In short, the days of being able to engage with users for free on social media through so-called “organic posts” are numbered. This is hardly a secret or a news scoop. We’ve known it for years, in fact. It may be time, however, to come to grips with the hard truth: Social media as we know it is, if not dead, then surely dying. But this doesn’t mean businesses should give up the ghost. In fact, exactly the opposite is true.

    Coming to grips with the social paradox

    A curious thing has happened as companies’ ability to reach users organically on social media has been curbed: the power of social media to influence buying decisions has surged. In one of the most comprehensive studies to date, McKinsey recently surveyed 20,000 consumers and found that social recommendations are behind more than a quarter of all purchases made. This is well above the 10%-15% estimated in earlier research. And in the majority of cases, these social updates have a direct impact on buying decisions.

    For companies, this presents a thorny challenge. Social media has never been more influential, but getting updates in front of users has never been more challenging. To shun Facebook and other networks altogether is to ignore the more than 2 billion users around the globe who rely on social media for news and updates; to embrace them requires jumping over ever higher hurdles in the hopes of connecting with customers.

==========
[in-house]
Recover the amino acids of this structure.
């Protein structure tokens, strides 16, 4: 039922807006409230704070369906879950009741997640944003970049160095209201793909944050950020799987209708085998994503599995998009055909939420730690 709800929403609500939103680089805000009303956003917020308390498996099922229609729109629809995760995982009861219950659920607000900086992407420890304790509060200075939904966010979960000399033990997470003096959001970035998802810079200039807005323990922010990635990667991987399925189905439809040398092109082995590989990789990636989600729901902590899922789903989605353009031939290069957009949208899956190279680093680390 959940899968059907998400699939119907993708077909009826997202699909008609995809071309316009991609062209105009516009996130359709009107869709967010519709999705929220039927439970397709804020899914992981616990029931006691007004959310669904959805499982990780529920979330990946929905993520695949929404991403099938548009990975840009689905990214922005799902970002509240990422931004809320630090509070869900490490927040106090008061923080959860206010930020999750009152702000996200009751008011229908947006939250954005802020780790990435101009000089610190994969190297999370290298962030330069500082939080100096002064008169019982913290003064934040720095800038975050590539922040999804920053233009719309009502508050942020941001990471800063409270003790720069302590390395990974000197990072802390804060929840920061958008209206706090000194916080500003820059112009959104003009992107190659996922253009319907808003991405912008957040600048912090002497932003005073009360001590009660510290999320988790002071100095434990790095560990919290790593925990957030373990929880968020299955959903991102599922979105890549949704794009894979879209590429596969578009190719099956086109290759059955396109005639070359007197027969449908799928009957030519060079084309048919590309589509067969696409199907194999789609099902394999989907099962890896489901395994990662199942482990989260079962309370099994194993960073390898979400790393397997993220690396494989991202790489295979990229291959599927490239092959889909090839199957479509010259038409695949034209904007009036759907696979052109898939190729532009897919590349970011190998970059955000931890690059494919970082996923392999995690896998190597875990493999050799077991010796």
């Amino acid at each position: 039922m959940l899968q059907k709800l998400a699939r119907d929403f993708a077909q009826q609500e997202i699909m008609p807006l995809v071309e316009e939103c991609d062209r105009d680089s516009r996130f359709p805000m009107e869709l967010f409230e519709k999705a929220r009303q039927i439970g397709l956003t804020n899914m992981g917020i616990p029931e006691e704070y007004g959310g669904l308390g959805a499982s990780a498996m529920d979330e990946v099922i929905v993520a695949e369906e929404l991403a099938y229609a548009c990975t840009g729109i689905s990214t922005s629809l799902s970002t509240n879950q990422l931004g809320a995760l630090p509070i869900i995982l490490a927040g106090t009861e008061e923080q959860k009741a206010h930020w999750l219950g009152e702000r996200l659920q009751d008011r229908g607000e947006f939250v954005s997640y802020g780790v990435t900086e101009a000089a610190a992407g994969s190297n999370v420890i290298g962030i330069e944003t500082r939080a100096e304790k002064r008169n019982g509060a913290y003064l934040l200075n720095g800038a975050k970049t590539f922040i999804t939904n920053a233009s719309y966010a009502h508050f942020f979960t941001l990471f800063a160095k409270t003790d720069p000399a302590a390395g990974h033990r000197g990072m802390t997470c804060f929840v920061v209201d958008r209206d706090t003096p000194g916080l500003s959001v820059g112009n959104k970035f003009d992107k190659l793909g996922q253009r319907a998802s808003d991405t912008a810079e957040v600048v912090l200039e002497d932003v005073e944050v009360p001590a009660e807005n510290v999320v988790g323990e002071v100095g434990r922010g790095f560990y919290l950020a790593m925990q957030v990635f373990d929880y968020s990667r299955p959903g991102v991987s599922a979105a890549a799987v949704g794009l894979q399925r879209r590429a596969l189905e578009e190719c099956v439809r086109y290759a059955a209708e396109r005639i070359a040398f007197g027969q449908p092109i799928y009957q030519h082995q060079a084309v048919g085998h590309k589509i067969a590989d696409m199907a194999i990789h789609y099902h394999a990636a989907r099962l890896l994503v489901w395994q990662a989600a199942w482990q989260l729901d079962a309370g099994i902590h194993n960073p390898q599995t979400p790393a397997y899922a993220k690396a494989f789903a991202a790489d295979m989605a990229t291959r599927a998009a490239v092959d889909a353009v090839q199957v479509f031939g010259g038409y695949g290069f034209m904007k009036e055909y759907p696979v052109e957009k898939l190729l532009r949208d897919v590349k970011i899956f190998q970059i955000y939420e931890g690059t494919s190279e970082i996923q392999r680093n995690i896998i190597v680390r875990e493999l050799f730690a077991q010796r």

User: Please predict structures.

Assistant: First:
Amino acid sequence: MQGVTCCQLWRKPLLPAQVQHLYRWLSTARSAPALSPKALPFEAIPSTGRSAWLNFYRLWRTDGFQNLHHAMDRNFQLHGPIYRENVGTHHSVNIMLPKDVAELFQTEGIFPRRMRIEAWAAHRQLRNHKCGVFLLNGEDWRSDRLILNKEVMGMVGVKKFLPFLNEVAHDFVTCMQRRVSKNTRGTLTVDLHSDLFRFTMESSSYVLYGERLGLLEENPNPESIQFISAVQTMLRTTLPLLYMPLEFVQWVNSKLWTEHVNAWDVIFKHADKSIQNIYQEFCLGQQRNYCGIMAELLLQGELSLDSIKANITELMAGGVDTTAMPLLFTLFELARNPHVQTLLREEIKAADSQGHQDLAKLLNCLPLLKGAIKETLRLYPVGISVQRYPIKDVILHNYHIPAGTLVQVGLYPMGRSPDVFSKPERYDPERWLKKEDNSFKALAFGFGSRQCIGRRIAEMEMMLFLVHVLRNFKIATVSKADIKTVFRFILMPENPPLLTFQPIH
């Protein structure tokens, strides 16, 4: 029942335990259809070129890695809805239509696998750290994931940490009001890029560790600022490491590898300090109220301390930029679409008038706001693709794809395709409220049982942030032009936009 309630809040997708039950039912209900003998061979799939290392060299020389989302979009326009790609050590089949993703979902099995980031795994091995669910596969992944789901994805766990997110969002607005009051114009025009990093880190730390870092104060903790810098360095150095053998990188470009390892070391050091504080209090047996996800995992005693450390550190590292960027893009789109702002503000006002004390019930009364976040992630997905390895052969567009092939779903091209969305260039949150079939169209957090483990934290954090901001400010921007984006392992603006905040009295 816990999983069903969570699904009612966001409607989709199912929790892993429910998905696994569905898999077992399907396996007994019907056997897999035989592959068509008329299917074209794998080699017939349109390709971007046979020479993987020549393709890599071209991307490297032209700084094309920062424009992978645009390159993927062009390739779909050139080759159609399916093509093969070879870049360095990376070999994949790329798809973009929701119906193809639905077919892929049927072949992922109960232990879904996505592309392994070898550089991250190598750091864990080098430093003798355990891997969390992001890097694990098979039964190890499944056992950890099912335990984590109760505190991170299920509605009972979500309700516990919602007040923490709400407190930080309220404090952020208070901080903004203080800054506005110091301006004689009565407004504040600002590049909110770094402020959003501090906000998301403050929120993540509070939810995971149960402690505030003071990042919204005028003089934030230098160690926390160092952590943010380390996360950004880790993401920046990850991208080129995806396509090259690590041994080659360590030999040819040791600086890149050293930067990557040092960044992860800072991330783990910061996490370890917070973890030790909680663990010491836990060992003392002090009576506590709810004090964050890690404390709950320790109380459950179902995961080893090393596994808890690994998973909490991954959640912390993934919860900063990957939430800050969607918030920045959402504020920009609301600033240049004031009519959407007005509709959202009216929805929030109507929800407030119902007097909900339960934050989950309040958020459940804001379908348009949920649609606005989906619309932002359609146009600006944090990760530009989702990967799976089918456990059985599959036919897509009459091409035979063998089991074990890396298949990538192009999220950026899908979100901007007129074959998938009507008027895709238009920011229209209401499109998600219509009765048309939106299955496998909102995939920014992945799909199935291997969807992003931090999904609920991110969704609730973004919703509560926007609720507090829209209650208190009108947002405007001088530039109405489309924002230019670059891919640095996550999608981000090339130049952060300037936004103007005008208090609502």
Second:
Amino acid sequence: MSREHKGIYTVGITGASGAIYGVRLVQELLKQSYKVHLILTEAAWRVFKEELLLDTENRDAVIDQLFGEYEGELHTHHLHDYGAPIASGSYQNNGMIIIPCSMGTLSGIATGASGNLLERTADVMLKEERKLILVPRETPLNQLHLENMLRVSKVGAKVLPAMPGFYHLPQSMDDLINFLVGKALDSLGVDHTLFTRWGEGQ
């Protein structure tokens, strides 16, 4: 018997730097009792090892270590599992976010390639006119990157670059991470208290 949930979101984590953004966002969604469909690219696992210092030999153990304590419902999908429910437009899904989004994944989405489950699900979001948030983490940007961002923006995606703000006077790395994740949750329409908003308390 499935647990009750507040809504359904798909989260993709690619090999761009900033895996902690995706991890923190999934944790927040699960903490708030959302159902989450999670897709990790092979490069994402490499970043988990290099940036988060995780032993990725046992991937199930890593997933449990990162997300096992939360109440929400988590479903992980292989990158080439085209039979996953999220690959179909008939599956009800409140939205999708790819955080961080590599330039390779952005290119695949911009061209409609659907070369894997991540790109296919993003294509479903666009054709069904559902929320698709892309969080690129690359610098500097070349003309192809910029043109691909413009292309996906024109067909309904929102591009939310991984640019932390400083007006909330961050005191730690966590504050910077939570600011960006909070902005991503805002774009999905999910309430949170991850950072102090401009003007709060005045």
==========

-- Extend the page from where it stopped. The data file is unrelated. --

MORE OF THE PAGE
But there are solutions. Progressive companies are taking a multi-pronged approach: blending paid social media ads with strategies that tap their own employees to spread content farther and more effectively than before.

    Put your money where your post is

    In a new report, industry analyst Gartner is unusually blunt. “Sustained success in social marketing now requires paid advertising." So let’s be equally clear on this point: Pay-to-play is increasingly the foundation of effective social strategies, with more than 80% of companies planning to deploy a social ad campaign in the next year.

    All the major networks now have their own “native ads” — promoted posts and updates designed to resemble the real things, apart from tiny disclaimers. The good news is that once you get over the initial “sticker shock” of ponying up for Tweets and posts, paid social media actually presents some discrete advantages for businesses.

    The incredibly rich “social graph” of data captured by networks enables zeroing in on precise demographics with a degree of accuracy that makes traditional advertising look primitive by comparison. Want to just reach twenty-somethings who drive hybrids and prefer Airbnbs to hotels? There’s a way to do that now.